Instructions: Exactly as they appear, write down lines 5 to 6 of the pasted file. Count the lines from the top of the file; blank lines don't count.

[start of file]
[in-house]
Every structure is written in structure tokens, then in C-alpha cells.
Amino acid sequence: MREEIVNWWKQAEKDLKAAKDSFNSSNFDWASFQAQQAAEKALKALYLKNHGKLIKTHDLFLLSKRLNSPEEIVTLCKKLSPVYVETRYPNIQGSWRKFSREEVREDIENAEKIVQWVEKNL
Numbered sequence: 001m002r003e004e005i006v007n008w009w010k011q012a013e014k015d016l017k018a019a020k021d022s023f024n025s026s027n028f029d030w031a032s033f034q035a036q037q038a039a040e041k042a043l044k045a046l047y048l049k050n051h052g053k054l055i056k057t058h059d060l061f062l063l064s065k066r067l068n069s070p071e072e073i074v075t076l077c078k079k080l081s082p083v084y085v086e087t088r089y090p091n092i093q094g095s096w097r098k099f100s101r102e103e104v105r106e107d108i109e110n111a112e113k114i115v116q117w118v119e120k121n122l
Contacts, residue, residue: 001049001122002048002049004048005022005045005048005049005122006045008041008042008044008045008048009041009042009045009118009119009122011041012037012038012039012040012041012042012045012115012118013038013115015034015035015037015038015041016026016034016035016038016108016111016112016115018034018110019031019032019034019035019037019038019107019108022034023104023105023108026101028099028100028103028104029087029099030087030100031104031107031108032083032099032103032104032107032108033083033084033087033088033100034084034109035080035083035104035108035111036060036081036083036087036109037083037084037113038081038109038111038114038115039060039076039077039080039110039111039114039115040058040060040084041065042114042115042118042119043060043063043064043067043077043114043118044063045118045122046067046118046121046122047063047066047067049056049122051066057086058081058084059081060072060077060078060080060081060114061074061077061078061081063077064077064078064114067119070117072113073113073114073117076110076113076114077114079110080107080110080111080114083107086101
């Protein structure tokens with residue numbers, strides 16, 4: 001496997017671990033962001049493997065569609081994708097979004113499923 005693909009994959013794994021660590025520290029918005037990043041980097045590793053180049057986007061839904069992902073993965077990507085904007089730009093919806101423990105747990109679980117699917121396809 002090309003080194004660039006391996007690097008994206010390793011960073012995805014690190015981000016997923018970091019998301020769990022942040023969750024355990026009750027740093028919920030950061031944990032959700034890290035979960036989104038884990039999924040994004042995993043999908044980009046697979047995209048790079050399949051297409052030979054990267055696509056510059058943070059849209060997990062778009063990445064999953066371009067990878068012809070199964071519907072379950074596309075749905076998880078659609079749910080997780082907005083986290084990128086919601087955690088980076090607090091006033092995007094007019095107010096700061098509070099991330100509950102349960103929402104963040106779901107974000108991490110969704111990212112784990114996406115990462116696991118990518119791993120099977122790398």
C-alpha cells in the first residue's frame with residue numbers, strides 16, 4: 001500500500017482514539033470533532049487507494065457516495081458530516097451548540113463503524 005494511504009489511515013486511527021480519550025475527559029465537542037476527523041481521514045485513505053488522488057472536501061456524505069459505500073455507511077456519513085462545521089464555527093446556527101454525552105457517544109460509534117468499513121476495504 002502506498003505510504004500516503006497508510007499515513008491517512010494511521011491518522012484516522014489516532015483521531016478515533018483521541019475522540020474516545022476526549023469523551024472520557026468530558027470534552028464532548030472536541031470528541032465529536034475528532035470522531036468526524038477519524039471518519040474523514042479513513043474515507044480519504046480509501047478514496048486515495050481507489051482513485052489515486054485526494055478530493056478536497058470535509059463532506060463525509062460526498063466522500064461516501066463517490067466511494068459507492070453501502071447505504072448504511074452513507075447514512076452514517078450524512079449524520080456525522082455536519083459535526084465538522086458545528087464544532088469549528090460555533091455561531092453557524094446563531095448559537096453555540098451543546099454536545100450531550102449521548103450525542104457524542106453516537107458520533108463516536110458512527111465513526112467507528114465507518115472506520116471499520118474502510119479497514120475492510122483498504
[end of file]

Contacts, residue, residue: 001049001122002048002049004048005022005045005048005049005122006045008041008042008044008045008048009041009042009045009118009119009122011041012037012038012039012040012041012042012045012115012118013038013115015034015035015037015038015041016026016034016035016038016108016111016112016115018034018110019031019032019034019035019037019038019107019108022034023104023105023108026101028099028100028103028104029087029099030087030100031104031107031108032083032099032103032104032107032108033083033084033087033088033100034084034109035080035083035104035108035111036060036081036083036087036109037083037084037113038081038109038111038114038115039060039076039077039080039110039111039114039115040058040060040084041065042114042115042118042119043060043063043064043067043077043114043118044063045118045122046067046118046121046122047063047066047067049056049122051066057086058081058084059081060072060077060078060080060081060114061074061077061078061081063077064077064078064114067119070117072113073113073114073117076110076113076114077114079110080107080110080111080114083107086101
């Protein structure tokens with residue numbers, strides 16, 4: 001496997017671990033962001049493997065569609081994708097979004113499923 005693909009994959013794994021660590025520290029918005037990043041980097045590793053180049057986007061839904069992902073993965077990507085904007089730009093919806101423990105747990109679980117699917121396809 002090309003080194004660039006391996007690097008994206010390793011960073012995805014690190015981000016997923018970091019998301020769990022942040023969750024355990026009750027740093028919920030950061031944990032959700034890290035979960036989104038884990039999924040994004042995993043999908044980009046697979047995209048790079050399949051297409052030979054990267055696509056510059058943070059849209060997990062778009063990445064999953066371009067990878068012809070199964071519907072379950074596309075749905076998880078659609079749910080997780082907005083986290084990128086919601087955690088980076090607090091006033092995007094007019095107010096700061098509070099991330100509950102349960103929402104963040106779901107974000108991490110969704111990212112784990114996406115990462116696991118990518119791993120099977122790398």